RandomAccessFile encapsulates a random-access file. It is not derived from InputStream
or OutputStream. Instead, it implements the interfaces DataInput and DataOutput, which
define the basic I/O methods. It also implements the Closeable interface. RandomAccessFile
is special because it supports positioning requests--that is, you can position the file pointer
within the file. It has these two constructors:
RandomAccessFile(File fileObj, String access)
throws FileNotFoundException
RandomAccessFile(String filename, String access)
throws FileNotFoundException
In the first form, fileObj specifies the name of the file to open as a File object. In the second
form, the name of the file is passed in filename. In both cases, access determines what type
of file access is permitted. If it is "r", then the file can be read, but not written. If it is "rw",
then the file is opened in read-write mode. If it is "rws", the file is opened for read-write
operations and every change to the file's data or metadata will be immediately written to
the physical device. If it is "rwd", the file is opened for read-write operations and every
change to the file's data will be immediately written to the physical device.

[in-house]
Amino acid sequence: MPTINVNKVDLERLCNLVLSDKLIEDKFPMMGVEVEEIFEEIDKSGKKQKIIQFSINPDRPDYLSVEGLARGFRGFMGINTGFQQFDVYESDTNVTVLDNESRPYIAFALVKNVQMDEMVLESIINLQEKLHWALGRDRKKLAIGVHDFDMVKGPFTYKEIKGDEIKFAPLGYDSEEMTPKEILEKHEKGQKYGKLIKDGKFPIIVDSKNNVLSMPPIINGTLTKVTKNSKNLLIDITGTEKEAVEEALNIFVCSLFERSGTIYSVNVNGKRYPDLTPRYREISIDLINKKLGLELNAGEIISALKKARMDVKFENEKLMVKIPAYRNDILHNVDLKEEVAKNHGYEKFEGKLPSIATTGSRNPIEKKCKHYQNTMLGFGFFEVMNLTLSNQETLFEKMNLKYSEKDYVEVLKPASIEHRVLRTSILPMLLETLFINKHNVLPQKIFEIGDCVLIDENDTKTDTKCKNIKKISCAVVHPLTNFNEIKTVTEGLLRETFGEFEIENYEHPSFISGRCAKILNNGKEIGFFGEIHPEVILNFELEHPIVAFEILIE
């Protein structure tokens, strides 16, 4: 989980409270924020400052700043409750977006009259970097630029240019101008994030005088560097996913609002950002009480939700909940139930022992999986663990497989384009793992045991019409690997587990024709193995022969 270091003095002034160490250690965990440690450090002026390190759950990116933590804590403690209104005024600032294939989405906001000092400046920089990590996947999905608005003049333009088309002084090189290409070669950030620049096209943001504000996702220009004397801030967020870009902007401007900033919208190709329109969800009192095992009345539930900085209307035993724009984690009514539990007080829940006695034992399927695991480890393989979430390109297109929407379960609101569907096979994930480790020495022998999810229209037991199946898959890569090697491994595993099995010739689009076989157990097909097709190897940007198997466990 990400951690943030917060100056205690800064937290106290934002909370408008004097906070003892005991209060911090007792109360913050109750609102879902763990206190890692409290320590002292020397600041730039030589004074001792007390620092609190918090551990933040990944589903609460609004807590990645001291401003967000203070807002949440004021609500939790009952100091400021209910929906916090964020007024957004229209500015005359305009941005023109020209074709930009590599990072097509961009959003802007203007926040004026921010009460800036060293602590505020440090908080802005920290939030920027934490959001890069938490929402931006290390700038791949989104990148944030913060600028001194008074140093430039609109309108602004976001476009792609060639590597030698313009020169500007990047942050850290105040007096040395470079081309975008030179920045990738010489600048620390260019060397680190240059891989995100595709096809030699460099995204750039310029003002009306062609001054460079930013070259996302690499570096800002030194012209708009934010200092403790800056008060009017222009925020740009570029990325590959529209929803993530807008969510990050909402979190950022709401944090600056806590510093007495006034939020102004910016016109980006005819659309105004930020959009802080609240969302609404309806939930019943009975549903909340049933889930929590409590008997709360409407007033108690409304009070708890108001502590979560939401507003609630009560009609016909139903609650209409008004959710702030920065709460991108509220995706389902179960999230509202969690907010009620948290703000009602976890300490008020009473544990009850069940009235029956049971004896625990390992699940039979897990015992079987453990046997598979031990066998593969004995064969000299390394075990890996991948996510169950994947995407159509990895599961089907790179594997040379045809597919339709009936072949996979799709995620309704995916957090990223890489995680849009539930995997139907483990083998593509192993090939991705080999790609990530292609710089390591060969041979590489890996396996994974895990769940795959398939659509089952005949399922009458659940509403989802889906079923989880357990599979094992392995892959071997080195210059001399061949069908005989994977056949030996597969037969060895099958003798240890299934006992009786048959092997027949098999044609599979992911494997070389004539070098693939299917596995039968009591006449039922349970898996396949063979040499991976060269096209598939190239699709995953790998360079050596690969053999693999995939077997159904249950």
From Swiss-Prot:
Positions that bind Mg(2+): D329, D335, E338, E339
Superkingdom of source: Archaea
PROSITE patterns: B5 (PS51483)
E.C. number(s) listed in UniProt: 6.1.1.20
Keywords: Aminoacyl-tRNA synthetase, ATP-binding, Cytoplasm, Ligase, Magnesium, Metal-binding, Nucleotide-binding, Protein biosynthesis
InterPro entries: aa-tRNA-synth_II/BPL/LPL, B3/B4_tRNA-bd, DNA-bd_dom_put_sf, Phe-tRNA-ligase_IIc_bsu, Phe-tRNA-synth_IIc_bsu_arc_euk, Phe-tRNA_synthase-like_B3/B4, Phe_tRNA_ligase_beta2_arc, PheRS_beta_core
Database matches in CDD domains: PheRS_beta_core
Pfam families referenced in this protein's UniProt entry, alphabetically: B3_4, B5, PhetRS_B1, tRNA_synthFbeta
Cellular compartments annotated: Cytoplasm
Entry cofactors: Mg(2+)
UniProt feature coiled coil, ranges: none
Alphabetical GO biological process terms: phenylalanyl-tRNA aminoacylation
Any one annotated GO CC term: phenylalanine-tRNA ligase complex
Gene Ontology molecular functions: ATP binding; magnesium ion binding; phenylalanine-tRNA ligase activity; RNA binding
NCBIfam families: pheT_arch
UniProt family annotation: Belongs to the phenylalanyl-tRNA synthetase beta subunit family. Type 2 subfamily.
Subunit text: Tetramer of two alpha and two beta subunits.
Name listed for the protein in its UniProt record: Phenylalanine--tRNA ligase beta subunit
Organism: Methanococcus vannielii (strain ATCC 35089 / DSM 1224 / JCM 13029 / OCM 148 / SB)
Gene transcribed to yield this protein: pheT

The method seek( ), shown here, is used to set the current position of the file pointer
within the file:
void seek(long newPos) throws IOException
Here, newPos specifies the new position, in bytes, of the file pointer from the beginning of the
file. After a call to seek( ), the next read or write operation will occur at the new file position.
RandomAccessFile implements the standard input and output methods, which you can
use to read and write to random access files. It also includes some additional methods. One
is setLength( ). It has this signature:
void setLength(long len) throws IOException
This method sets the length of the invoking file to that specified by len. This method can be
used to lengthen or shorten a file. If the file is lengthened, the added portion is undefined.
The Character Streams
While the byte stream classes provide sufficient functionality to handle any type of I/O
operation, they cannot work directly with Unicode characters. Since one of the main purposes
of Java is to support the "write once, run anywhere" philosophy, it was necessary to include
direct I/O support for characters. In this section, several of the character I/O classes are
discussed. As explained earlier, at the top of the character stream hierarchies are the Reader
and Writer abstract classes. We will begin with them.
NOTE  As discussed in Chapter 13, the character I/O classes were added by the 1.1 release of Java.
Because of this, you may still find legacy code that uses byte streams where character streams
would be more appropriate. When working on such code, it is a good idea to update it.
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